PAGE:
Under the then music directorship of Kenneth Page, the Birmingham Philharmonic Orchestra many decades ago launched a complete survey of all the Mahler symphonies, of which perhaps the greatest coup was performing no.8, the “Symphony of a Thousand”, in London’s Royal Albert Hall.
Very early in the 1970s I reviewed these forces playing the First Symphony in Birmingham Town Hall. It was certainly exciting, but one had to make allowances for these amateurs.
No such need last Sunday, when the BPO returned and now under the expert baton of Michael Lloyd, completing the cycle with the massive Third Symphony, the longest symphony in the regular repertoire.
The BPO these days plays with great depth of tone, near-perfect intonation (though some woodwind combinations need sharper ears), wonderfully-delivered articulation and phrasing, and a platform discipline which would put some world-strutting professional orchestras I have witnessed to shame.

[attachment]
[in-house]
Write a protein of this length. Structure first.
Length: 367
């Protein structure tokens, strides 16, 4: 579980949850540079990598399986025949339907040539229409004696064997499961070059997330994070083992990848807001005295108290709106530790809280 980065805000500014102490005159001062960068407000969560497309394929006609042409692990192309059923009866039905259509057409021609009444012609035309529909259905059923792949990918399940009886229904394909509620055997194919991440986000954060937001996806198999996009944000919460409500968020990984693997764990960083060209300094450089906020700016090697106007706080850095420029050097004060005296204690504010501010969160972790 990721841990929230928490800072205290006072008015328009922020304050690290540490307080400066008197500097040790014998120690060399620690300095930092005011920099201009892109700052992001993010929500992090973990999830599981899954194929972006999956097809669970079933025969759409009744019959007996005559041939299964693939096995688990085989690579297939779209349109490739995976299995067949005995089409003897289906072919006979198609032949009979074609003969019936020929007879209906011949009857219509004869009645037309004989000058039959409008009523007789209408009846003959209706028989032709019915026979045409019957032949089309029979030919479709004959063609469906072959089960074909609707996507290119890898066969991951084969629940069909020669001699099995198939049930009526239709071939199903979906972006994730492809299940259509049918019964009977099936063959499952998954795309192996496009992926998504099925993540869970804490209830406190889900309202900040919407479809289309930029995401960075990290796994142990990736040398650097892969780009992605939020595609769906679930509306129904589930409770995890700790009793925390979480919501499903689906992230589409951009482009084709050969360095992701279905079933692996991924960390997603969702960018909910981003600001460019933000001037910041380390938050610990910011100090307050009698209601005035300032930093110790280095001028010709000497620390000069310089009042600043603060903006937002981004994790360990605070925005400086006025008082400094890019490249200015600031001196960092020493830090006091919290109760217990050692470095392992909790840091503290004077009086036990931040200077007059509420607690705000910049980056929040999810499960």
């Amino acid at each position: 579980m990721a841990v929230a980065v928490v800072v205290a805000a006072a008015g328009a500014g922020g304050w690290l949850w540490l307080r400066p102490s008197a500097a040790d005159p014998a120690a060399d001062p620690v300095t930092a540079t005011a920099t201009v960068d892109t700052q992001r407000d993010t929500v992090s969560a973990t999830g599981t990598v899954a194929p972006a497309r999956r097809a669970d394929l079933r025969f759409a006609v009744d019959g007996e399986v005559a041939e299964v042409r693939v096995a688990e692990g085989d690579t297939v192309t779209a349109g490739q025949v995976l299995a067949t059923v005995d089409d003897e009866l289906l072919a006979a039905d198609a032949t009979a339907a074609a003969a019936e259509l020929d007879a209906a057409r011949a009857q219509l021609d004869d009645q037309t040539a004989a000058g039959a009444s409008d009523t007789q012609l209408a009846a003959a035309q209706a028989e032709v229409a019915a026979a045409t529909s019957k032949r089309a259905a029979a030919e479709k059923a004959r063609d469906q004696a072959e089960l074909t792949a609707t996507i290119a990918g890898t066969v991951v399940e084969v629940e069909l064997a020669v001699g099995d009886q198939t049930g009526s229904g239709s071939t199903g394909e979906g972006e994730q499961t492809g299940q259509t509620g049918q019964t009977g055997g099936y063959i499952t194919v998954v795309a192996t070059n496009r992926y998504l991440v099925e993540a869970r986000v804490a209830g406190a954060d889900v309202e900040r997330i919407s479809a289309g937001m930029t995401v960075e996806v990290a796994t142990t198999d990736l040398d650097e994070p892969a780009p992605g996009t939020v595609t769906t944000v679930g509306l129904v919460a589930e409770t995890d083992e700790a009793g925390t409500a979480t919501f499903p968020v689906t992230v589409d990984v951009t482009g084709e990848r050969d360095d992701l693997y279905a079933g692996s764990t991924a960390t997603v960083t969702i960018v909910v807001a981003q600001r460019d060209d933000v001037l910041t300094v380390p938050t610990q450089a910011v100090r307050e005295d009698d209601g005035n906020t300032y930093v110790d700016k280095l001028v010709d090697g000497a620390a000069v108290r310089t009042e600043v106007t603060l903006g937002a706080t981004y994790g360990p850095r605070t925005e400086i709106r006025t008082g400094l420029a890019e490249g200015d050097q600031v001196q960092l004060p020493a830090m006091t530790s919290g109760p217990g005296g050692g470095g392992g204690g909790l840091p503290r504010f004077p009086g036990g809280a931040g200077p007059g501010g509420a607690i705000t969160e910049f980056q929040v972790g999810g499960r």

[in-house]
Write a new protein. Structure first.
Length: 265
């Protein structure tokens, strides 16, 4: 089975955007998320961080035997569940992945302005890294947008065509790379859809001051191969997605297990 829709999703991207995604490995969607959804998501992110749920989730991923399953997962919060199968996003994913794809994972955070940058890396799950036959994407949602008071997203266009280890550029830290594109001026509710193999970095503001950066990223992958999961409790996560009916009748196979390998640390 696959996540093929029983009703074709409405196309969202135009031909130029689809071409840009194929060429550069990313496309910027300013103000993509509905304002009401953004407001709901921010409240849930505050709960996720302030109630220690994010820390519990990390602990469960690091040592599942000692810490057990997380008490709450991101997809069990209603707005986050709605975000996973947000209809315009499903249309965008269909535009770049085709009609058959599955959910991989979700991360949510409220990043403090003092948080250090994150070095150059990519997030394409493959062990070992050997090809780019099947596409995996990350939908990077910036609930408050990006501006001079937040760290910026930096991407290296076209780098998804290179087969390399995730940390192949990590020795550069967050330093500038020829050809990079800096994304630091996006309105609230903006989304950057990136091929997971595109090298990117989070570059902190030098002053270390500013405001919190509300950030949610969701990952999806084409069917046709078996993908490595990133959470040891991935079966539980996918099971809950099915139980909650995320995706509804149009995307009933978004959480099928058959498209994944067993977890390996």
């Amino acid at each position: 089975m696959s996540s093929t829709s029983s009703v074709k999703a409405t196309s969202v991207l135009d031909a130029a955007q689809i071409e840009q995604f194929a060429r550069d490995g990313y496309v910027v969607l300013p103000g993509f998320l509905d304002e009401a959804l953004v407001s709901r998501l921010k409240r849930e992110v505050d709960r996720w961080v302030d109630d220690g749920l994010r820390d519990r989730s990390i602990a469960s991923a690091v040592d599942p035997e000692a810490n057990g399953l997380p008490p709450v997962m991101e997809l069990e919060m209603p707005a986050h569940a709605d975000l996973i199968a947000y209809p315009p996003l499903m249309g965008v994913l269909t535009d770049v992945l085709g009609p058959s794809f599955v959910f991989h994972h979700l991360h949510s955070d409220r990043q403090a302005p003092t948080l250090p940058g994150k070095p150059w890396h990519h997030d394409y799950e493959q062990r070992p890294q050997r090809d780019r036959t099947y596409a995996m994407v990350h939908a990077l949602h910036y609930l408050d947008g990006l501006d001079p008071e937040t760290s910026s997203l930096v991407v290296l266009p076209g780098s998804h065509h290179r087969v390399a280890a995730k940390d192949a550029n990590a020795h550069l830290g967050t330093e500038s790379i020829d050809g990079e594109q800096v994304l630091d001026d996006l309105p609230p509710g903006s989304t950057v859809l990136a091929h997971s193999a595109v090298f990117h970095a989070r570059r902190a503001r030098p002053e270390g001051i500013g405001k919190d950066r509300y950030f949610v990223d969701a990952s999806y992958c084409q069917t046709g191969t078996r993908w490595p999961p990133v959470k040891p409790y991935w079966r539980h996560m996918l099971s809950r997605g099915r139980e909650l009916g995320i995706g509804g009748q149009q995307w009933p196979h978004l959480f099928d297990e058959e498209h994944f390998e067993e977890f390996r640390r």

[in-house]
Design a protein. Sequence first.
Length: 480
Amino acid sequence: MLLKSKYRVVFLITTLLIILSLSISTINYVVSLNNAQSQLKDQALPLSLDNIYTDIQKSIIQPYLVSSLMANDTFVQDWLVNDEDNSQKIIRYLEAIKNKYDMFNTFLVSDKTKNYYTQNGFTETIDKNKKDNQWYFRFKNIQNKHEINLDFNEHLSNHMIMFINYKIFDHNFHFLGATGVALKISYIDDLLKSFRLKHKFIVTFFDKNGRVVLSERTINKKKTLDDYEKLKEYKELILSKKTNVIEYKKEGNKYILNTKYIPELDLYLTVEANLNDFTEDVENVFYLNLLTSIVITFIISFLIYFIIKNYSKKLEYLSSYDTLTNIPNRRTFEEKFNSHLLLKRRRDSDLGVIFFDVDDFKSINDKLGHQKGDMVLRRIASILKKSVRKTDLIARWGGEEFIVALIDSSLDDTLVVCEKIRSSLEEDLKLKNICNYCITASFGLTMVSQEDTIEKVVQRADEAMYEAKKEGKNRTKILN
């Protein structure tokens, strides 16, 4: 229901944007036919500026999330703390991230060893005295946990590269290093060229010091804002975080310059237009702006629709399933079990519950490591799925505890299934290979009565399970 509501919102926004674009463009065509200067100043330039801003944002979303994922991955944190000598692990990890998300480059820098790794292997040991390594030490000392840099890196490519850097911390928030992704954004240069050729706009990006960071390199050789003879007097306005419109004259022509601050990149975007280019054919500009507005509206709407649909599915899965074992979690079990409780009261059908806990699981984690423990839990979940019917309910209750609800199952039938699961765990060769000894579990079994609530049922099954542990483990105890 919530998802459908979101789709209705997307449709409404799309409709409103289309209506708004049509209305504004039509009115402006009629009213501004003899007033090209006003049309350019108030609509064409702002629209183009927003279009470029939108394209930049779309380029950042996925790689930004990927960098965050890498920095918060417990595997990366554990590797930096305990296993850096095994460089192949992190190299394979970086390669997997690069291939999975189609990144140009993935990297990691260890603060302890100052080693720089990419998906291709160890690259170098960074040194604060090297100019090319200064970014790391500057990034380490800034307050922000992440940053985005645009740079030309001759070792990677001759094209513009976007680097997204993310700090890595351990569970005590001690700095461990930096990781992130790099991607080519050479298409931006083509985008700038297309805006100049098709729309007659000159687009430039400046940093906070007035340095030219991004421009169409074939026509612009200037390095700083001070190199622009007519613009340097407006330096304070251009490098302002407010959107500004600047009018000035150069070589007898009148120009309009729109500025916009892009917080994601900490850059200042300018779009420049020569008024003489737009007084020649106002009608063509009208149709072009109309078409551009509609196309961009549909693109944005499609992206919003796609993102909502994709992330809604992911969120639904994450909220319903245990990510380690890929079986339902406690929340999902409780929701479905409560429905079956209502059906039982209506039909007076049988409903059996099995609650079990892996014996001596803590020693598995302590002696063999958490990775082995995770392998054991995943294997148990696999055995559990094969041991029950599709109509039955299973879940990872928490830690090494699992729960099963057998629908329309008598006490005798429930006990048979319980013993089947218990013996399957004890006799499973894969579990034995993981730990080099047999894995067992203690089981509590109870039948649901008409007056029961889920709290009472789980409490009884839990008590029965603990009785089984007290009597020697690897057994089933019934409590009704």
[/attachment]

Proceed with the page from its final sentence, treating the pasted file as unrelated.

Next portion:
Choral contributions were disappointing, the Ladies of the City of Birmingham Choir genteely under-projecting, the charming youngsters of Wolverhampton’s St Peter’s Collegiate Church Choir lethargic instead of cheeky in their “Bimm, Bamm” utterances.
But in Hannah Pedley we had a remarkable mezzo soloist, her tones well-focussed and well-rounded, her presence such a sympathetic factor in this rewarding enterprise.